Cost Functions

A cost function is a mathematical relationship between cost and output. It tells how costs change in response to changes in output.

Even though relationship between a firm’s costs and output can be studies using cost tables (which show total cost, total variable cost and marginal cost for each unit) or graphs which plot different cost curves, a cost function is the most compact and direct method of encapsulating information about a firm’s costs.

Cost functions typically have cost as a dependent variable and output i.e. quantity as an independent variable. Such cost functions do not account for any changes in cost of inputs because they assume fixed input prices.

Types of Cost Functions

Typical cost functions are either linear, quadratic and cubic.

A linear cost function is such that exponent of quantity is 1. It is appropriate only for cost structures in which marginal cost is constant.

A quadratic cost function, on the other hand, has 2 as exponent of output. It represents a cost structure where average variable cost is U-shaped.

A cubic cost function allows for a U-shaped marginal cost curve. The cost function in the example below is a cubic cost function.

Total cost function is the most fundamental output-cost relationship because functions for other costs such as variable cost, average variable cost and marginal cost, etc. can be derived from the total cost function.


Imagine you work at a firm whose total cost (TC) function is as follows:

$$ TC\ =\ 0.1Q^3-\ 2Q^2+60Q+200\ $$

Average total cost function can be derived by dividing the total cost function by Q:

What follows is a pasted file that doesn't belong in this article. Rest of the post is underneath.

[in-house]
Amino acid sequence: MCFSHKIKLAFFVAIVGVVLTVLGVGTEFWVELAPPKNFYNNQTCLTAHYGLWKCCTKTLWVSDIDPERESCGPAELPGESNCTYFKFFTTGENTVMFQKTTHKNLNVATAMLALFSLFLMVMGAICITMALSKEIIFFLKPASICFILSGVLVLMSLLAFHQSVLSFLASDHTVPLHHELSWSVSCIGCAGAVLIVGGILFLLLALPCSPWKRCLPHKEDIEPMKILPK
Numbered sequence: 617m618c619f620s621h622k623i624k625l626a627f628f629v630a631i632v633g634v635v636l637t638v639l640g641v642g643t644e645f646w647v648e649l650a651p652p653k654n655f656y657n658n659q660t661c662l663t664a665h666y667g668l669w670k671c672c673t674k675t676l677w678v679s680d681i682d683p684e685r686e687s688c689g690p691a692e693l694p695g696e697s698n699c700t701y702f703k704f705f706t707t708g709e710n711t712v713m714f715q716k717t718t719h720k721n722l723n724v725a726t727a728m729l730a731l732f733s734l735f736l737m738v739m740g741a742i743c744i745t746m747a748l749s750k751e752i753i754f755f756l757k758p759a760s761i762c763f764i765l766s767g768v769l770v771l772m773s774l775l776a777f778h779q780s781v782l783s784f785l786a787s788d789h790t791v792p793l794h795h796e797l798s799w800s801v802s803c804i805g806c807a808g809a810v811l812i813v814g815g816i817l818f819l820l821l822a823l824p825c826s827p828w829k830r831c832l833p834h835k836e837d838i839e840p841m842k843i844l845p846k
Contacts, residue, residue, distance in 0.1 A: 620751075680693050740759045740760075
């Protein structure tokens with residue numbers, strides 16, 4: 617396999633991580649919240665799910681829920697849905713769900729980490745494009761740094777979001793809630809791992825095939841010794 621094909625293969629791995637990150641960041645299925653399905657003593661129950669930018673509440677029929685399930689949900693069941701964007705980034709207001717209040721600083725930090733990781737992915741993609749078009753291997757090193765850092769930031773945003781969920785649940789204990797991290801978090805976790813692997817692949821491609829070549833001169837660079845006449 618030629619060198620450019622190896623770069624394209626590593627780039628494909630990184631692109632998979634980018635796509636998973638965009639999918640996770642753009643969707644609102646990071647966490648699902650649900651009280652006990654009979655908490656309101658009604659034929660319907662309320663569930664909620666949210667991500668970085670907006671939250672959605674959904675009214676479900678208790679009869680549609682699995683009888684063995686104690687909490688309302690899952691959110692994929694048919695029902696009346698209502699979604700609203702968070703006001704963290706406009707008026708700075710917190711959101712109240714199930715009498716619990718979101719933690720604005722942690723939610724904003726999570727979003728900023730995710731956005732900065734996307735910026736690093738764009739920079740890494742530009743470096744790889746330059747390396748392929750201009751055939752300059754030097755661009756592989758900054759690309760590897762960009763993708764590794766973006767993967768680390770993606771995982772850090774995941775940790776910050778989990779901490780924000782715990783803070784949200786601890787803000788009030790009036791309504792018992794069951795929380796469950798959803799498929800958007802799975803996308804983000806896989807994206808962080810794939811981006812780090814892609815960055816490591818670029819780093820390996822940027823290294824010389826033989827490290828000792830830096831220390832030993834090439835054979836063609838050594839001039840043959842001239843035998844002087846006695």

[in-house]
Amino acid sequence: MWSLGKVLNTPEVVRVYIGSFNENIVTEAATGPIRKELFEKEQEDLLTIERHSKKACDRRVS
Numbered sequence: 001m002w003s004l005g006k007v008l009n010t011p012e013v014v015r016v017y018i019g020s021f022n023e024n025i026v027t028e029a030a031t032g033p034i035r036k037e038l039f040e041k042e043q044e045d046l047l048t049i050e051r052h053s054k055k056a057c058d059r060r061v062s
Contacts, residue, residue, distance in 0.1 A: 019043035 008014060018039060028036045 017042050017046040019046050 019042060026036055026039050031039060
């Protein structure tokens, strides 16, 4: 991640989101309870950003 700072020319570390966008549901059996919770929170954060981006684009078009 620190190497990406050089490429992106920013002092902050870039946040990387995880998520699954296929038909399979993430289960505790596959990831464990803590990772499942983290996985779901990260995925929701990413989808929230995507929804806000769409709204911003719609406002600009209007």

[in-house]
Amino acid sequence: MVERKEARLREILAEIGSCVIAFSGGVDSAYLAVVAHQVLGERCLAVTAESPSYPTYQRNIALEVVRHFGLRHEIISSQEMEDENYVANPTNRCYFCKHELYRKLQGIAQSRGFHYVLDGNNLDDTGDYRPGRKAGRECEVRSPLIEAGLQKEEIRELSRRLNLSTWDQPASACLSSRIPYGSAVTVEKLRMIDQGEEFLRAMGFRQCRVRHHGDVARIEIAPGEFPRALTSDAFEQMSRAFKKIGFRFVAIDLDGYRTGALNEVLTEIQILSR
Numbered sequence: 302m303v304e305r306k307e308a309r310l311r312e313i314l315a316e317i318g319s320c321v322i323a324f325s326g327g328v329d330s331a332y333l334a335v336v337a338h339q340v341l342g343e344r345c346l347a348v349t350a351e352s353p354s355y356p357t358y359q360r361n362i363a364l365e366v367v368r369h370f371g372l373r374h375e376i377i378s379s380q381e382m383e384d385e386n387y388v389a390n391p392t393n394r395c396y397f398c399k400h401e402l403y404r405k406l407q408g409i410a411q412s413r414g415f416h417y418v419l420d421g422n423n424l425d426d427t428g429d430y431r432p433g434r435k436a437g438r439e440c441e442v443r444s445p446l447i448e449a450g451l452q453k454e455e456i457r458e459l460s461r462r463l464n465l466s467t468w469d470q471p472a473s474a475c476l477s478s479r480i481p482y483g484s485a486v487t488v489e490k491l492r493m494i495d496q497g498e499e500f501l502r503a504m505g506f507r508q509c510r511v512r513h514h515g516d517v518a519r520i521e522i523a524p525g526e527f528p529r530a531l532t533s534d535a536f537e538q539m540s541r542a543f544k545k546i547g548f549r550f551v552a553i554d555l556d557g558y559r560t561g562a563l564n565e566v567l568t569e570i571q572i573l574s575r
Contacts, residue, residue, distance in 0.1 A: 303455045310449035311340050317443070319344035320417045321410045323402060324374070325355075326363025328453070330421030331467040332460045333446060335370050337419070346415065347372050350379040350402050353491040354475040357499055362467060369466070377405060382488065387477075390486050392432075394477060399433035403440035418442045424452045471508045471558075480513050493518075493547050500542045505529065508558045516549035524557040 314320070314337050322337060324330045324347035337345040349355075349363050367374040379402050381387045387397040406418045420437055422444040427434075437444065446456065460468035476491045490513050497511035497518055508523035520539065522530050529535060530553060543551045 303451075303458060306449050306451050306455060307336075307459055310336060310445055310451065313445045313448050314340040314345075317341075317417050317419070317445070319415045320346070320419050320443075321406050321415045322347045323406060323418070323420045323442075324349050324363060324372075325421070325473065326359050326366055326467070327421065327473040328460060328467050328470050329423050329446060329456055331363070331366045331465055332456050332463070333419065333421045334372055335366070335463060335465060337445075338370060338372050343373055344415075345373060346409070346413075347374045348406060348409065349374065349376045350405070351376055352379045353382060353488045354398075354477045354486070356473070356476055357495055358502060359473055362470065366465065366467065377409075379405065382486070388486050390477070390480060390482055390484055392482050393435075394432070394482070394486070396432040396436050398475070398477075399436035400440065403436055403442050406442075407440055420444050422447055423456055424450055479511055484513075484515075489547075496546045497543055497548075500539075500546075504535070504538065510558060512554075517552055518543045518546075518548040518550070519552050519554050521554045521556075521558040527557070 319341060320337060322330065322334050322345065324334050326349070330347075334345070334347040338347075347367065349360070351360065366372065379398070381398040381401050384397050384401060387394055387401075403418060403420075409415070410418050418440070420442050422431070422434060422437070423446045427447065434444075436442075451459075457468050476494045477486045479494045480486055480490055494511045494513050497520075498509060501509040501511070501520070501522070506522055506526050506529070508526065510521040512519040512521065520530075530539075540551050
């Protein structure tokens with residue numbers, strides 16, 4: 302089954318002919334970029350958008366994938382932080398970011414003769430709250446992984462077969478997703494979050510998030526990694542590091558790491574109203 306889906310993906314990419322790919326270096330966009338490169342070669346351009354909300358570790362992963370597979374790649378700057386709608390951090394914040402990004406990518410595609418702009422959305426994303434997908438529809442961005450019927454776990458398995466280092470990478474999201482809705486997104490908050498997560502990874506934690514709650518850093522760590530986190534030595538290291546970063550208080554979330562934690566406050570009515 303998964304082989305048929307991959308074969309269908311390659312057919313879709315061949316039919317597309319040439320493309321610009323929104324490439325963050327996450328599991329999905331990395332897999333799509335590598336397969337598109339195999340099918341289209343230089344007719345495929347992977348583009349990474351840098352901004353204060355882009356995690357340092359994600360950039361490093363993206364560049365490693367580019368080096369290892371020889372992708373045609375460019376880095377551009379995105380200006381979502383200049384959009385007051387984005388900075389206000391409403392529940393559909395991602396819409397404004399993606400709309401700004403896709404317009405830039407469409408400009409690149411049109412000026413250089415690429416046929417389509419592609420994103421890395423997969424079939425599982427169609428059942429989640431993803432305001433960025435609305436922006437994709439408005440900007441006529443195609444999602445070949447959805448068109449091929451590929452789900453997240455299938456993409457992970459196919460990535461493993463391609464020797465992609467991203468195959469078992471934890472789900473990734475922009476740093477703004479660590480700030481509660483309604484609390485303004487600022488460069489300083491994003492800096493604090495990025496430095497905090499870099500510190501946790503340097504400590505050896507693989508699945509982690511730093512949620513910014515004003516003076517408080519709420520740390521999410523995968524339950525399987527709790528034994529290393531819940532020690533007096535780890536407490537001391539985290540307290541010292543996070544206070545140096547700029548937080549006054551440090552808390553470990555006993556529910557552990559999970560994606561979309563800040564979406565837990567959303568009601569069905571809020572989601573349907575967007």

$$ ATC\ =\ \frac{TC}{Q}=0.1Q^2-\ 2Q+60+\frac{200}{Q}\ $$

The constant value in a total cost function represent the total fixed cost. Function for total variable cost can be arrived at by subtracting the constant value from the total cost function:

$$ VC=TC\ -\ FC\ $$

$$ VC=\ 0.1Q^3-\ 2Q^2+60Q $$

Average variable cost function equals total variable cost divided by Q:

$$ AVC=\frac{VC}{Q}=\ 0.1Q^2-\ 2Q+60 $$

Marginal cost equals the slope of the total cost curve which in turn equals the first derivative of the total cost function.

$$ {MC}_Q=\frac{dTC}{dQ}\ =\ 0.3Q^2-\ 4Q+60\ $$

Cost functions can be used to create cost tables and cost curves. By plugging different quantity levels in the cost functions determined above, we can create a cost table which can be used to plot the cost curves.

The total cost and total variable cost curves represented by functions discussed above give us the following graph:

Cost Functions

Since the total cost function is a cubic-function, the average variable cost curve and the marginal cost curve are U-shaped as shown below.

Average Variable Cost Curve

Written by Obaidullah Jan, ACA, CFA and last modified on